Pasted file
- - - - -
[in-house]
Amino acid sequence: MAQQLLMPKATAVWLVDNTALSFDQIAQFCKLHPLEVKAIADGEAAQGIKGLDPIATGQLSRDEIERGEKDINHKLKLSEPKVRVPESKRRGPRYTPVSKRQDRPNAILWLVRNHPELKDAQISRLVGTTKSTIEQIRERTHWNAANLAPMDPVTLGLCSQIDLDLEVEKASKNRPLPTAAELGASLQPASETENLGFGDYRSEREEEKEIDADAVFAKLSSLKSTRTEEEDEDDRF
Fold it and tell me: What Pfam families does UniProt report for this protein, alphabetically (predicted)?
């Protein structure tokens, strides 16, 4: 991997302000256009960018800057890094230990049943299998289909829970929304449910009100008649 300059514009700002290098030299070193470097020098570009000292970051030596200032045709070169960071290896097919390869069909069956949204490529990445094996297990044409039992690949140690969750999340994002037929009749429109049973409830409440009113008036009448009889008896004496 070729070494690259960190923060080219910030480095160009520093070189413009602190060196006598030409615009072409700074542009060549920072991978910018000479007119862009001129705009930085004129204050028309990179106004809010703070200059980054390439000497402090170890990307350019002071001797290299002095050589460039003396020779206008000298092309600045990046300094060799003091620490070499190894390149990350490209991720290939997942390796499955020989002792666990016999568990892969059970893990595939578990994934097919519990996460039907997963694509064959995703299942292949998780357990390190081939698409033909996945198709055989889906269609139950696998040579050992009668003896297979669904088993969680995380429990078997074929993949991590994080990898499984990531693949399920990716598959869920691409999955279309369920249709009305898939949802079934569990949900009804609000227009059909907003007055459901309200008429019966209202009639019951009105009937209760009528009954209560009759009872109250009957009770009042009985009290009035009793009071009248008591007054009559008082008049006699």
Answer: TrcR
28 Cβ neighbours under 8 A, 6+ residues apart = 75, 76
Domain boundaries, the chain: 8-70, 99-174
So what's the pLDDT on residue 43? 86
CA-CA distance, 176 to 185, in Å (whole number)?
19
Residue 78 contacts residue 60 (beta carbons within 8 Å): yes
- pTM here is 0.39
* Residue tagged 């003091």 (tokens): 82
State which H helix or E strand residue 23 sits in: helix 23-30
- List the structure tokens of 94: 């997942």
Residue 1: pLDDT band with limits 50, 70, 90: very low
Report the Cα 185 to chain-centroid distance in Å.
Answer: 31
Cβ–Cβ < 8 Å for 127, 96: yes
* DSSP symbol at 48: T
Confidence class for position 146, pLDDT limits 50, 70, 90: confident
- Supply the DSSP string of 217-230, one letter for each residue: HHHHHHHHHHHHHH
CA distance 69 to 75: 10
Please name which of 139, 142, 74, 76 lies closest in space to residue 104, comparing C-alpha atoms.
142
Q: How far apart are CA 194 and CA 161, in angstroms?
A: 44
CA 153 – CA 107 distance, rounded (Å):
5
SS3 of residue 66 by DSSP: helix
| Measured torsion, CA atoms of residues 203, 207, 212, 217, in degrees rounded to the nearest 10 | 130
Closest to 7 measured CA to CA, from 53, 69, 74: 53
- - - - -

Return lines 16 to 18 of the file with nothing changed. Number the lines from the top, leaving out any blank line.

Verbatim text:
Residue 1: pLDDT band with limits 50, 70, 90: very low
Report the Cα 185 to chain-centroid distance in Å.
Answer: 31